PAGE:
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Sam Kelly: Smile Like You Really Mean It

            Temple students zigzag through teen tour groups, security guards, and professors, either thoroughly eager to complete their caffeine-driven tasks or entirely sluggish to study for that exam they have in a few hours. A young woman breezes through the glass doors of Paley Library, her lush ebony hair cascading down her flamingo-pink winter coat. She greets me with a huge radiant smile, something she is known for amongst the Temple community, in more ways than one.

            We sit beside two small desks squeezed between the white cinderblock wall and metal bookshelves on the second floor. As the distant murmuring of group chats in the library continues, we trade tales of insomnia nights dedicated to schoolwork. I would have never guessed that this vivacious individual had only received 20 minutes of sleep the night before.

            “Creativity does not sleep,” declares Sam Kelly. “Most people say I’m the energizer bunny, because I keep on going.”

            In addition to this admiral characteristic of determination, Sam Kelly immediately exudes a charismatic aura. Her undeniable charm is matched by her ebullient personality and professional demeanor. At the age of 21, this unwavering Photography Major is completing her last year at Tyler School of Art. I was extremely curious about her interest in this creative subject and wanted to know what beckoned her to this particular major in the first place.

            “I was adopted, so my life began with photography.”

            Kelly was only 18 months when she was adopted from Bolivia. She had a few photos of her origin at the time, so, essentially, she was born into photography. Kelly is immensely grateful for the family who welcomed her into their life and supported her passion for this creative art.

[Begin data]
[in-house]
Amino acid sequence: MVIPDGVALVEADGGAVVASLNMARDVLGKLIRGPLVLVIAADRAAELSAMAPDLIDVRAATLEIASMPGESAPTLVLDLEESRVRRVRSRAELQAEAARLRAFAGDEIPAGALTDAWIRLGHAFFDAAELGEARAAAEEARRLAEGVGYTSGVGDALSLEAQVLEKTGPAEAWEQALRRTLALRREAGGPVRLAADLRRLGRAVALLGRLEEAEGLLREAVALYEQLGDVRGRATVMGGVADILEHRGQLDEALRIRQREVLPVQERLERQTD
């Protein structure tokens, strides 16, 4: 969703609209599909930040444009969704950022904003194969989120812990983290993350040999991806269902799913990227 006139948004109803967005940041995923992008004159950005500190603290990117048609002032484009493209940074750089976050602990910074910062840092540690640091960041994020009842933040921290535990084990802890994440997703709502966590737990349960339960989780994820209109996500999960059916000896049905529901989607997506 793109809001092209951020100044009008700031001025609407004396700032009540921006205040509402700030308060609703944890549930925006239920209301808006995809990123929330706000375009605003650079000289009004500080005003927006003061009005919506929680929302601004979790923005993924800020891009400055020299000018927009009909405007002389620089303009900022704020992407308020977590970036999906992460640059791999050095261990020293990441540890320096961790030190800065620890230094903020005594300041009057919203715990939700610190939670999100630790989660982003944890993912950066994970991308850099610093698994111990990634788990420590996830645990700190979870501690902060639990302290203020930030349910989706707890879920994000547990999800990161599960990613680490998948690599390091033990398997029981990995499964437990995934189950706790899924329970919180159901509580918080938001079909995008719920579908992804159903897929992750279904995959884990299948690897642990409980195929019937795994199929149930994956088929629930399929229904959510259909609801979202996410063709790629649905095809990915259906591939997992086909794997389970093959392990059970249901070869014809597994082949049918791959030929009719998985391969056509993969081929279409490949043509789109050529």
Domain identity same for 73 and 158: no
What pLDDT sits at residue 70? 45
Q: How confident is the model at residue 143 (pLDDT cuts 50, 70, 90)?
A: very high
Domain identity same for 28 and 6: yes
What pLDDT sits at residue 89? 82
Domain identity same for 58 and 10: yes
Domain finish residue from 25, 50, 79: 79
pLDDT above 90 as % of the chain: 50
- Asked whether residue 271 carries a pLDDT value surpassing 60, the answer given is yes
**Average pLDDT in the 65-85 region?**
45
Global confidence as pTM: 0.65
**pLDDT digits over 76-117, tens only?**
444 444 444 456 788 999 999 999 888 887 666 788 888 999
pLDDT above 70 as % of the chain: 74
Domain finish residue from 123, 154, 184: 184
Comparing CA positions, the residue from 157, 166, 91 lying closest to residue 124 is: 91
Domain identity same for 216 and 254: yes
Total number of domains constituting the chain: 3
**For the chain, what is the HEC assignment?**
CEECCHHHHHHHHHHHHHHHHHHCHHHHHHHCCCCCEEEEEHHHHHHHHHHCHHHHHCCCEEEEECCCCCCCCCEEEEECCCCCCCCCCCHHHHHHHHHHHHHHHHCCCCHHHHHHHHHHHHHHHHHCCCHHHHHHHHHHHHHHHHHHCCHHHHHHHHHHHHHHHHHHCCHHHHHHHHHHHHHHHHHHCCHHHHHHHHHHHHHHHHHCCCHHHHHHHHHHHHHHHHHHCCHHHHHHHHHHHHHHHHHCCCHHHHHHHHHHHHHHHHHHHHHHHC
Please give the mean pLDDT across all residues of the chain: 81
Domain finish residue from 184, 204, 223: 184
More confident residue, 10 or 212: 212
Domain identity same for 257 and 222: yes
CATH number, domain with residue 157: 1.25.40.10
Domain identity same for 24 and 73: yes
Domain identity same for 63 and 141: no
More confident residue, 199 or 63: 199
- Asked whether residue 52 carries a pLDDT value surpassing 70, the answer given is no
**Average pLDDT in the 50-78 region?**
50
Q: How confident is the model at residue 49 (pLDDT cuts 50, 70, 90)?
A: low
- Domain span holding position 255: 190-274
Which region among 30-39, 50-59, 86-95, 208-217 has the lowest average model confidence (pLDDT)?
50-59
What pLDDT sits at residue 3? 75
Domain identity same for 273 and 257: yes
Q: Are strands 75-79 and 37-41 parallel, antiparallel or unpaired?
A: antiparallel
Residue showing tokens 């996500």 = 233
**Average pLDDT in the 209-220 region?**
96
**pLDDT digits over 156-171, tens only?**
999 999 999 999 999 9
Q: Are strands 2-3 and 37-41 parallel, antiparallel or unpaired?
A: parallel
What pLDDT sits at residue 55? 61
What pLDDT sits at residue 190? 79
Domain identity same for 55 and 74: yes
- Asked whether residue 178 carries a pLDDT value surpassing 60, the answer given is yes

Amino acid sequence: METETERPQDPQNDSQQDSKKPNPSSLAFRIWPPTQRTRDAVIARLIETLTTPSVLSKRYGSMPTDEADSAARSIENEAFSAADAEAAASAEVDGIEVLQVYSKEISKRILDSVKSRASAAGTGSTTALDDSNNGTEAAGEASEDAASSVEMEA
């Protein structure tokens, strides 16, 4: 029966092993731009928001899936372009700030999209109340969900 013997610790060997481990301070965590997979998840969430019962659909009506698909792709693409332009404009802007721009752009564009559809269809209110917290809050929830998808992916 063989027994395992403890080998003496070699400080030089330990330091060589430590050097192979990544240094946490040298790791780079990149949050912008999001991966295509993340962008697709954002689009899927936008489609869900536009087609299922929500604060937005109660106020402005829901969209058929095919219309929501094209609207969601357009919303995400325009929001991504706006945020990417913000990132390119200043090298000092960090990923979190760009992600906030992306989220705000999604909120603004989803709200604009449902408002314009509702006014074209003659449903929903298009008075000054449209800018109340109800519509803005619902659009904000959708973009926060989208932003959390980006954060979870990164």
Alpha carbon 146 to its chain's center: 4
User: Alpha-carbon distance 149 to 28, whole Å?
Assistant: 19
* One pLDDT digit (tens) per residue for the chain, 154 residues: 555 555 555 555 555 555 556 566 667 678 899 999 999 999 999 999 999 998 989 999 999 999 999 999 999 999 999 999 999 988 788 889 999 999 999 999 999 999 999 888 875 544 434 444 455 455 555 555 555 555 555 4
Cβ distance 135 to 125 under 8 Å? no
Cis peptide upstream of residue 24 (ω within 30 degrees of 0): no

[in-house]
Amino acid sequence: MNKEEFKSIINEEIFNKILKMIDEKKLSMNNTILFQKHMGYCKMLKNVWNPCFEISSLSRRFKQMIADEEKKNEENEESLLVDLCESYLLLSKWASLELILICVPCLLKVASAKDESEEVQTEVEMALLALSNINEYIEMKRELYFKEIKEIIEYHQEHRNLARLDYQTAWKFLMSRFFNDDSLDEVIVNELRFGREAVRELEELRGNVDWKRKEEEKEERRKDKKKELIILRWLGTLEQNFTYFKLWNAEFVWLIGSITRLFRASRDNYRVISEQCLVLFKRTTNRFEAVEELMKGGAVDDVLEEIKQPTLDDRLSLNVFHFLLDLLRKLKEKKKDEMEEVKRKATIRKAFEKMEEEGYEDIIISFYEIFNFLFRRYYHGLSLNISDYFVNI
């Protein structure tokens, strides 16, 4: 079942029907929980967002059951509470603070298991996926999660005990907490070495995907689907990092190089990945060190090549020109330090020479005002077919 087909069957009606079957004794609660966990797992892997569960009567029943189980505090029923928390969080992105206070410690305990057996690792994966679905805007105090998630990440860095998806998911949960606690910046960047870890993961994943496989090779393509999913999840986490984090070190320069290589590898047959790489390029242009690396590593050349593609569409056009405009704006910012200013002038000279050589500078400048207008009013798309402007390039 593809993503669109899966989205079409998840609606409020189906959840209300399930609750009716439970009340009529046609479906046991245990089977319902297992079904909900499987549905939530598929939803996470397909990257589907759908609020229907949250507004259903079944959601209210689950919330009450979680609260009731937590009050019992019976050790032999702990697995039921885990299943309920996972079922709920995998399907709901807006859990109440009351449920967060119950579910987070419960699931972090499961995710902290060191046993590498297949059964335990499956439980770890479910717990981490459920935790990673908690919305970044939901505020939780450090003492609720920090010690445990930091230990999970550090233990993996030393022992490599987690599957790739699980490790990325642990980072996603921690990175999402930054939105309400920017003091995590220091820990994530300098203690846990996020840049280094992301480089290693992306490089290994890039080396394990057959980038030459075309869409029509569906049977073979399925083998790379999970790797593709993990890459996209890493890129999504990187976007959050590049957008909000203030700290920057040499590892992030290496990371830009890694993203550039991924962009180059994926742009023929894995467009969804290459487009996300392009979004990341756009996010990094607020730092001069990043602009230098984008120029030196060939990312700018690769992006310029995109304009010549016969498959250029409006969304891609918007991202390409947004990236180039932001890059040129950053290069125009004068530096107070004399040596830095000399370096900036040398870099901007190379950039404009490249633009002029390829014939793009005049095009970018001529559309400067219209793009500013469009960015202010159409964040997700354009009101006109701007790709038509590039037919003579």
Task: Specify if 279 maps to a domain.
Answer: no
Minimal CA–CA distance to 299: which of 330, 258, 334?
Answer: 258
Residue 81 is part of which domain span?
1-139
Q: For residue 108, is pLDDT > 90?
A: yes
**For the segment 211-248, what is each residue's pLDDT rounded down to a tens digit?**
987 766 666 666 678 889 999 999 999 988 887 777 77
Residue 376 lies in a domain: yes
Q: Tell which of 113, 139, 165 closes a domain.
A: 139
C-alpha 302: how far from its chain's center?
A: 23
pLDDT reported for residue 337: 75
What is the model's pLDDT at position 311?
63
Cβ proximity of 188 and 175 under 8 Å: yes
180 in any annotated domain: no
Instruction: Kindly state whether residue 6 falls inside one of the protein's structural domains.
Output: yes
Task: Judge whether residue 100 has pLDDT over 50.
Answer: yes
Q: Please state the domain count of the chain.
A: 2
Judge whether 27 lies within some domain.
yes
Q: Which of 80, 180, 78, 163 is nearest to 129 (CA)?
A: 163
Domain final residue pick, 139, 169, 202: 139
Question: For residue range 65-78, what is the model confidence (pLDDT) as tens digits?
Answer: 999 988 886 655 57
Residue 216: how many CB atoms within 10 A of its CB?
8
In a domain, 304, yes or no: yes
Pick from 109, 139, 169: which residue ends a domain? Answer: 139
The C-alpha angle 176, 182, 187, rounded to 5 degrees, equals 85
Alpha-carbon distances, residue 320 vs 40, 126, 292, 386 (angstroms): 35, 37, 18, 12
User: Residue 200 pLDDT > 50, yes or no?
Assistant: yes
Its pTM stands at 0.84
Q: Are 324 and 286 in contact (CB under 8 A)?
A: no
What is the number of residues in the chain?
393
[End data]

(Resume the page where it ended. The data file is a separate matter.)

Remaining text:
“Family is a big influence in my life,” says Kelly. “When my father was 26, he was in a helicopter accident, which left him paralyzed. He’s now in a wheelchair. My mother supports my father, which is a big inspiration.”

            Kelly’s mother, a retired psych nurse, is now a freelance writer/photographer and caregiver/assistant to Kelly’s father.

            “I get the creativity bug from my mother,” Kelly beams. “I really am very blessed. Without family, there would be no art.”

            She is very grateful for her family; the fact that she was raised by parents who were a different race did not negatively impact her life. Quite the contrary, actually.

            “I love photography because it is so universal,” says Kelly. “Photography and smiles are the two languages that I speak.”

            Growing up multi-cultural allowed Sam Kelly to see the world in a different light. She accepts anyone and everyone, embracing their culture. She treats everyone equally. Kelly uses this mature outlook to guide her art. With her family’s support and her own zealous hunger for success, she hopes to achieve worldwide awareness of the incredible power created by one smile. This led her to establish The Smile Project.